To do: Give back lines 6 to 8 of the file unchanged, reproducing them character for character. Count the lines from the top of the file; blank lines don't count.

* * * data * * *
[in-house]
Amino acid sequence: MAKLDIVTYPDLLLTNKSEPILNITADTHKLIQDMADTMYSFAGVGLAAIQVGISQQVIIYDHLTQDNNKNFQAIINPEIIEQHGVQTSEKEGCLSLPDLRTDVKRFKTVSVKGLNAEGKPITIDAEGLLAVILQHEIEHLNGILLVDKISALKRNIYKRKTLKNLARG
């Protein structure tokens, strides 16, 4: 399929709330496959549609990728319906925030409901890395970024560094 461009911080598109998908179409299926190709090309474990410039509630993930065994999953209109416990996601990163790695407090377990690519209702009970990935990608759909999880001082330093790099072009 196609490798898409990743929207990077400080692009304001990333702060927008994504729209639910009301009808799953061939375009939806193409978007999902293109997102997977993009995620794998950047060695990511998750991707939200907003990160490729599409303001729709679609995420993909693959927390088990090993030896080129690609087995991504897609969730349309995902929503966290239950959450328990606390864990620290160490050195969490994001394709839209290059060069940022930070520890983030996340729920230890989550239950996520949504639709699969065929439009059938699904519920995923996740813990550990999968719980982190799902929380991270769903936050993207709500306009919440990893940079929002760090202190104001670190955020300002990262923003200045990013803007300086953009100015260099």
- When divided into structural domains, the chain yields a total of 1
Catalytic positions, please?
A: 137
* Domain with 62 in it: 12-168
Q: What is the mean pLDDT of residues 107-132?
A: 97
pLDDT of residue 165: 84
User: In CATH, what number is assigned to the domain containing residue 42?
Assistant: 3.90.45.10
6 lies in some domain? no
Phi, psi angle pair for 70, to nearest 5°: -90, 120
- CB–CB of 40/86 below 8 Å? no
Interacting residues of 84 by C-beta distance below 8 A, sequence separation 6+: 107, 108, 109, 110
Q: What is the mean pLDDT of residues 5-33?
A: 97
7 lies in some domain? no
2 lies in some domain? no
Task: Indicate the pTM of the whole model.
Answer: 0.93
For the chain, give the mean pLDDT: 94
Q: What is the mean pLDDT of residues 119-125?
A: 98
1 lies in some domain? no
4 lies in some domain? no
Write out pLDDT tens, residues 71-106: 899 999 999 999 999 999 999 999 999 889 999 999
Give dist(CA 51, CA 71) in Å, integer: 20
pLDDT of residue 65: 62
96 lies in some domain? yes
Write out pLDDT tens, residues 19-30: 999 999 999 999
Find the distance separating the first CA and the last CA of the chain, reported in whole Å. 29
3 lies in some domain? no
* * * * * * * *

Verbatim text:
A: 137
* Domain with 62 in it: 12-168
Q: What is the mean pLDDT of residues 107-132?